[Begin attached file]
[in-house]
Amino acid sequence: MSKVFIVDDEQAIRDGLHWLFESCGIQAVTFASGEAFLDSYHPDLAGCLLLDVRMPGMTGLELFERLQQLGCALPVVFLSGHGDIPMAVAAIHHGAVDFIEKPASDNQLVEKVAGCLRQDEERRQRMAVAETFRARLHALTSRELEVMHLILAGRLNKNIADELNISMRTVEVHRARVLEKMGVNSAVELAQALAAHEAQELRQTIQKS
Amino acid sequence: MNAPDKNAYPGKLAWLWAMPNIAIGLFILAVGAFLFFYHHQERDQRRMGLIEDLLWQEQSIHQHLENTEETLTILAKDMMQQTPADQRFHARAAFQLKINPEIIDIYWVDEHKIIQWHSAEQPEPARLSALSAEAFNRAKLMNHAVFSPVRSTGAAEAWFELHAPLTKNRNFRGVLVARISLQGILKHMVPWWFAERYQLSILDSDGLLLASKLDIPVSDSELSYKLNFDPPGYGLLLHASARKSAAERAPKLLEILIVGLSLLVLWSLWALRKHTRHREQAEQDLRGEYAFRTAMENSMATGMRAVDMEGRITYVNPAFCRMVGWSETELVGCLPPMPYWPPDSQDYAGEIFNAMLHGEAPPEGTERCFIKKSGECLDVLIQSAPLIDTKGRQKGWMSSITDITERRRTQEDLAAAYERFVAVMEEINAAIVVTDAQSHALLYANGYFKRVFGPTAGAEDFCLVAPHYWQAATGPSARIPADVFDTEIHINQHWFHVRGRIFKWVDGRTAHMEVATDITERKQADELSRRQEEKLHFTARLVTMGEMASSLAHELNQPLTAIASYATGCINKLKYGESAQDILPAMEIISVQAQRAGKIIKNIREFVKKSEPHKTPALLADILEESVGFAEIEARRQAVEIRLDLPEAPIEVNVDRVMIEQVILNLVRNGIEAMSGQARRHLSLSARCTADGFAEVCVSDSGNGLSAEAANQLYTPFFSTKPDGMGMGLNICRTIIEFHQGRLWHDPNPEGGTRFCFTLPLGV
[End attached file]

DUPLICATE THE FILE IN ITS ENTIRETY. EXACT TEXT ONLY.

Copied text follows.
[in-house]
Amino acid sequence: MSKVFIVDDEQAIRDGLHWLFESCGIQAVTFASGEAFLDSYHPDLAGCLLLDVRMPGMTGLELFERLQQLGCALPVVFLSGHGDIPMAVAAIHHGAVDFIEKPASDNQLVEKVAGCLRQDEERRQRMAVAETFRARLHALTSRELEVMHLILAGRLNKNIADELNISMRTVEVHRARVLEKMGVNSAVELAQALAAHEAQELRQTIQKS
Amino acid sequence: MNAPDKNAYPGKLAWLWAMPNIAIGLFILAVGAFLFFYHHQERDQRRMGLIEDLLWQEQSIHQHLENTEETLTILAKDMMQQTPADQRFHARAAFQLKINPEIIDIYWVDEHKIIQWHSAEQPEPARLSALSAEAFNRAKLMNHAVFSPVRSTGAAEAWFELHAPLTKNRNFRGVLVARISLQGILKHMVPWWFAERYQLSILDSDGLLLASKLDIPVSDSELSYKLNFDPPGYGLLLHASARKSAAERAPKLLEILIVGLSLLVLWSLWALRKHTRHREQAEQDLRGEYAFRTAMENSMATGMRAVDMEGRITYVNPAFCRMVGWSETELVGCLPPMPYWPPDSQDYAGEIFNAMLHGEAPPEGTERCFIKKSGECLDVLIQSAPLIDTKGRQKGWMSSITDITERRRTQEDLAAAYERFVAVMEEINAAIVVTDAQSHALLYANGYFKRVFGPTAGAEDFCLVAPHYWQAATGPSARIPADVFDTEIHINQHWFHVRGRIFKWVDGRTAHMEVATDITERKQADELSRRQEEKLHFTARLVTMGEMASSLAHELNQPLTAIASYATGCINKLKYGESAQDILPAMEIISVQAQRAGKIIKNIREFVKKSEPHKTPALLADILEESVGFAEIEARRQAVEIRLDLPEAPIEVNVDRVMIEQVILNLVRNGIEAMSGQARRHLSLSARCTADGFAEVCVSDSGNGLSAEAANQLYTPFFSTKPDGMGMGLNICRTIIEFHQGRLWHDPNPEGGTRFCFTLPLGV